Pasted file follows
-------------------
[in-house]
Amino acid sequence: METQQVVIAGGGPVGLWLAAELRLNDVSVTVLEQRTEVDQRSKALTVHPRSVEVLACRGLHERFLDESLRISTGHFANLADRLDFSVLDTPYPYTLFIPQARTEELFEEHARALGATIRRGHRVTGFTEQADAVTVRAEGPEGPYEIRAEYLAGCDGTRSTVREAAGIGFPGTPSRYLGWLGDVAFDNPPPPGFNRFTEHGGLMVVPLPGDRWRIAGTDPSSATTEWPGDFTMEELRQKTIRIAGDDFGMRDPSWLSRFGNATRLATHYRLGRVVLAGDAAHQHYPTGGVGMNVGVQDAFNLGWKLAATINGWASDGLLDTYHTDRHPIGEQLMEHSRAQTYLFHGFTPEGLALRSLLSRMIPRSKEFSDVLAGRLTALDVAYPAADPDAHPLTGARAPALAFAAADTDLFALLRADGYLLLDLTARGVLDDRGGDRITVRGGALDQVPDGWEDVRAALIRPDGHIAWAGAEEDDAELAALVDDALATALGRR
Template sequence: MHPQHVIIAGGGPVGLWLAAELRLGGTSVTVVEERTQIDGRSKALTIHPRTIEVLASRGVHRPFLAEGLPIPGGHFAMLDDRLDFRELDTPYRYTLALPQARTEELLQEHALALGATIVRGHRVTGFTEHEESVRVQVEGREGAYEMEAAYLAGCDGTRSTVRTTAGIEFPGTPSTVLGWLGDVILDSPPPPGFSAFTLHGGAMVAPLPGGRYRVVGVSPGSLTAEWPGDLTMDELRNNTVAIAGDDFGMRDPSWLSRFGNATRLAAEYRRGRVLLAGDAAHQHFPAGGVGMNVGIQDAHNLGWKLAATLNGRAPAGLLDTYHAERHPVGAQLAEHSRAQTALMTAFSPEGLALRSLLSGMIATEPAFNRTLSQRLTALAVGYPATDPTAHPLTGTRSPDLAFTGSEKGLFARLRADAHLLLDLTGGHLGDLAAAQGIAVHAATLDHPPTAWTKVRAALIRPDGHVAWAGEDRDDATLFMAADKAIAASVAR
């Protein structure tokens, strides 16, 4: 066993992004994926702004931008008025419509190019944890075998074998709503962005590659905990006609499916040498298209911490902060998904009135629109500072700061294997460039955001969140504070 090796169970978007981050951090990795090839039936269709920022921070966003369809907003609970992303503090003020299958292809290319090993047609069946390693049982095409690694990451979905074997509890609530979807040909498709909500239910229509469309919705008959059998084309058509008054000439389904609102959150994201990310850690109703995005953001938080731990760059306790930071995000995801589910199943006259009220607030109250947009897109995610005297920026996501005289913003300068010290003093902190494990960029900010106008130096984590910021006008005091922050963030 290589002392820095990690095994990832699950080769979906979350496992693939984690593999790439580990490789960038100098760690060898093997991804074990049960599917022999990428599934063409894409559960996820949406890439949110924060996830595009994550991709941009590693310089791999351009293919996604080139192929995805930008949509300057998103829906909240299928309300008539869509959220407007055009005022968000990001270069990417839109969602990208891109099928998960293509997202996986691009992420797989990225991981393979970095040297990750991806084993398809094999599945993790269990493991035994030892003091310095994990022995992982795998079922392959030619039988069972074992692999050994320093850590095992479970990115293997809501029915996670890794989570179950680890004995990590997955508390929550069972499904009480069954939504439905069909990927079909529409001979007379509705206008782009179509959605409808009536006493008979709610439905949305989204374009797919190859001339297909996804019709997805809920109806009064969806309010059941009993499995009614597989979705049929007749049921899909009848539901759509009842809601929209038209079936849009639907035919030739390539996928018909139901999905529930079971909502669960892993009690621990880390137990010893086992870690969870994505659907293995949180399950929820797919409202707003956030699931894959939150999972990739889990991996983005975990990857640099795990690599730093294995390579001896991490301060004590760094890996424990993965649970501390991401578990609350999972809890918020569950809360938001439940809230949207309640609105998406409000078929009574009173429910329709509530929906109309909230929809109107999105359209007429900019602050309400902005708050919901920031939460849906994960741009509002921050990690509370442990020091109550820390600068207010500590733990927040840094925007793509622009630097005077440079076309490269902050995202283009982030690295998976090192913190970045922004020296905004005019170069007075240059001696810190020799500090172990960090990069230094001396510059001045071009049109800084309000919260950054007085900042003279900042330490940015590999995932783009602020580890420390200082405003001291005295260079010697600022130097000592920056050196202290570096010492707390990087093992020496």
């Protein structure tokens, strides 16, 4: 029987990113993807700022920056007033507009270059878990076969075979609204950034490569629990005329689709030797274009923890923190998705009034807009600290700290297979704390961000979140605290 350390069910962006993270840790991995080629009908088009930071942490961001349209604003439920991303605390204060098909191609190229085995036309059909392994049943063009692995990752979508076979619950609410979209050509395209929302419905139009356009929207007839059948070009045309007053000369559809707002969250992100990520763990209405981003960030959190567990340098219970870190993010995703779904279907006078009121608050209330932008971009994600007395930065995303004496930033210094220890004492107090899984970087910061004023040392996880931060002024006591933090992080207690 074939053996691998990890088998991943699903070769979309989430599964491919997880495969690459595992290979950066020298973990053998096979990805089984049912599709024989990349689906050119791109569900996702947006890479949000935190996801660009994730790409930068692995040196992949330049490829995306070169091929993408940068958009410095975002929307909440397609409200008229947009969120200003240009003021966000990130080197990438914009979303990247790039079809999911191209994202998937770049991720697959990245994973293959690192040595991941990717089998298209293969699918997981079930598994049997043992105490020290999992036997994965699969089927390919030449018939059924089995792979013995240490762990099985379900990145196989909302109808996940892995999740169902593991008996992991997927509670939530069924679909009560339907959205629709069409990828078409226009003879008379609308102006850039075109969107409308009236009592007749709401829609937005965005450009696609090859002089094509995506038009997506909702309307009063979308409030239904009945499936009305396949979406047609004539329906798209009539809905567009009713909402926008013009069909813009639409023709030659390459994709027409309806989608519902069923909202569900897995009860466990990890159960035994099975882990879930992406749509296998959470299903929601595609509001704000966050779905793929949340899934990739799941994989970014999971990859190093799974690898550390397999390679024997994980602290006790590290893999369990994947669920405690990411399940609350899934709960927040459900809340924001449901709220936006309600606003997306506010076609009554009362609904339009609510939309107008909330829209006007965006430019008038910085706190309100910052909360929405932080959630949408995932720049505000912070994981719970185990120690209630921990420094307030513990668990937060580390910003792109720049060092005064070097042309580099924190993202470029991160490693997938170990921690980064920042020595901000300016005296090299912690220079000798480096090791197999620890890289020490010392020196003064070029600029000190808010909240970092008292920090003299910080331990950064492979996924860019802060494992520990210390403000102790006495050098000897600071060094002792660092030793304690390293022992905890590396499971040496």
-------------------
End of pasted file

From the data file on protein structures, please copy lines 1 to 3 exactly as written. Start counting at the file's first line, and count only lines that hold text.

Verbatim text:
[in-house]
Amino acid sequence: METQQVVIAGGGPVGLWLAAELRLNDVSVTVLEQRTEVDQRSKALTVHPRSVEVLACRGLHERFLDESLRISTGHFANLADRLDFSVLDTPYPYTLFIPQARTEELFEEHARALGATIRRGHRVTGFTEQADAVTVRAEGPEGPYEIRAEYLAGCDGTRSTVREAAGIGFPGTPSRYLGWLGDVAFDNPPPPGFNRFTEHGGLMVVPLPGDRWRIAGTDPSSATTEWPGDFTMEELRQKTIRIAGDDFGMRDPSWLSRFGNATRLATHYRLGRVVLAGDAAHQHYPTGGVGMNVGVQDAFNLGWKLAATINGWASDGLLDTYHTDRHPIGEQLMEHSRAQTYLFHGFTPEGLALRSLLSRMIPRSKEFSDVLAGRLTALDVAYPAADPDAHPLTGARAPALAFAAADTDLFALLRADGYLLLDLTARGVLDDRGGDRITVRGGALDQVPDGWEDVRAALIRPDGHIAWAGAEEDDAELAALVDDALATALGRR
Template sequence: MHPQHVIIAGGGPVGLWLAAELRLGGTSVTVVEERTQIDGRSKALTIHPRTIEVLASRGVHRPFLAEGLPIPGGHFAMLDDRLDFRELDTPYRYTLALPQARTEELLQEHALALGATIVRGHRVTGFTEHEESVRVQVEGREGAYEMEAAYLAGCDGTRSTVRTTAGIEFPGTPSTVLGWLGDVILDSPPPPGFSAFTLHGGAMVAPLPGGRYRVVGVSPGSLTAEWPGDLTMDELRNNTVAIAGDDFGMRDPSWLSRFGNATRLAAEYRRGRVLLAGDAAHQHFPAGGVGMNVGIQDAHNLGWKLAATLNGRAPAGLLDTYHAERHPVGAQLAEHSRAQTALMTAFSPEGLALRSLLSGMIATEPAFNRTLSQRLTALAVGYPATDPTAHPLTGTRSPDLAFTGSEKGLFARLRADAHLLLDLTGGHLGDLAAAQGIAVHAATLDHPPTAWTKVRAALIRPDGHVAWAGEDRDDATLFMAADKAIAASVAR